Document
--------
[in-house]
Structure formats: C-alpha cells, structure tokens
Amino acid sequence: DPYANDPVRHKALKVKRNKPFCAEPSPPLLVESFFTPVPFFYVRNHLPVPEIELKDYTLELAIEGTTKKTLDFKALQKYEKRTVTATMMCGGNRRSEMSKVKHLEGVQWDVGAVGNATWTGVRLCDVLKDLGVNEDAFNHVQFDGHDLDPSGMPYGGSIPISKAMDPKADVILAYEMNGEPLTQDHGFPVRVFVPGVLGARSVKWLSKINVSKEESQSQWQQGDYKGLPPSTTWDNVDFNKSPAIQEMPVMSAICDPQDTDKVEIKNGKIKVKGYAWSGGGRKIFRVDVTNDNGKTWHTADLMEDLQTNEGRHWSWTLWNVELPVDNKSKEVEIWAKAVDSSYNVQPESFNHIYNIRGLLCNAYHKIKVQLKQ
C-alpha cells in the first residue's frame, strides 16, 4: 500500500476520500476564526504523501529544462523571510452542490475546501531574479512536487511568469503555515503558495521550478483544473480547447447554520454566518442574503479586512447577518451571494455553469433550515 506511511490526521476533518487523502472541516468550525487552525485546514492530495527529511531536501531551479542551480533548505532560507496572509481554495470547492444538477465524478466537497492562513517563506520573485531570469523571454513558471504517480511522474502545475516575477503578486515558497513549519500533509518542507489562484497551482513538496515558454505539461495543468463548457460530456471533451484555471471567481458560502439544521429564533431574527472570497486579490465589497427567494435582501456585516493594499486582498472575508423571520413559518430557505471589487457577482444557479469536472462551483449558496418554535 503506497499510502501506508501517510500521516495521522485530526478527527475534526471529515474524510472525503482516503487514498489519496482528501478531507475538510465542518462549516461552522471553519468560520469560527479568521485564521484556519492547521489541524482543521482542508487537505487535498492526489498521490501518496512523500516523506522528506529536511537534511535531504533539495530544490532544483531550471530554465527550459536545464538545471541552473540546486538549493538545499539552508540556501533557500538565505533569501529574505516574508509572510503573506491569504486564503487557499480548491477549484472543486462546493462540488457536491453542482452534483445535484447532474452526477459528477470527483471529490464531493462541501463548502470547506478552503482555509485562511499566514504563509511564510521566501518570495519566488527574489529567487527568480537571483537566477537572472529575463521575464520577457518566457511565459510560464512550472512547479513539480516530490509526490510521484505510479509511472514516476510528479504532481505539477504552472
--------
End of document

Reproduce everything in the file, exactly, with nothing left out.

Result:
[in-house]
Structure formats: C-alpha cells, structure tokens
Amino acid sequence: DPYANDPVRHKALKVKRNKPFCAEPSPPLLVESFFTPVPFFYVRNHLPVPEIELKDYTLELAIEGTTKKTLDFKALQKYEKRTVTATMMCGGNRRSEMSKVKHLEGVQWDVGAVGNATWTGVRLCDVLKDLGVNEDAFNHVQFDGHDLDPSGMPYGGSIPISKAMDPKADVILAYEMNGEPLTQDHGFPVRVFVPGVLGARSVKWLSKINVSKEESQSQWQQGDYKGLPPSTTWDNVDFNKSPAIQEMPVMSAICDPQDTDKVEIKNGKIKVKGYAWSGGGRKIFRVDVTNDNGKTWHTADLMEDLQTNEGRHWSWTLWNVELPVDNKSKEVEIWAKAVDSSYNVQPESFNHIYNIRGLLCNAYHKIKVQLKQ
C-alpha cells in the first residue's frame, strides 16, 4: 500500500476520500476564526504523501529544462523571510452542490475546501531574479512536487511568469503555515503558495521550478483544473480547447447554520454566518442574503479586512447577518451571494455553469433550515 506511511490526521476533518487523502472541516468550525487552525485546514492530495527529511531536501531551479542551480533548505532560507496572509481554495470547492444538477465524478466537497492562513517563506520573485531570469523571454513558471504517480511522474502545475516575477503578486515558497513549519500533509518542507489562484497551482513538496515558454505539461495543468463548457460530456471533451484555471471567481458560502439544521429564533431574527472570497486579490465589497427567494435582501456585516493594499486582498472575508423571520413559518430557505471589487457577482444557479469536472462551483449558496418554535 503506497499510502501506508501517510500521516495521522485530526478527527475534526471529515474524510472525503482516503487514498489519496482528501478531507475538510465542518462549516461552522471553519468560520469560527479568521485564521484556519492547521489541524482543521482542508487537505487535498492526489498521490501518496512523500516523506522528506529536511537534511535531504533539495530544490532544483531550471530554465527550459536545464538545471541552473540546486538549493538545499539552508540556501533557500538565505533569501529574505516574508509572510503573506491569504486564503487557499480548491477549484472543486462546493462540488457536491453542482452534483445535484447532474452526477459528477470527483471529490464531493462541501463548502470547506478552503482555509485562511499566514504563509511564510521566501518570495519566488527574489529567487527568480537571483537566477537572472529575463521575464520577457518566457511565459510560464512550472512547479513539480516530490509526490510521484505510479509511472514516476510528479504532481505539477504552472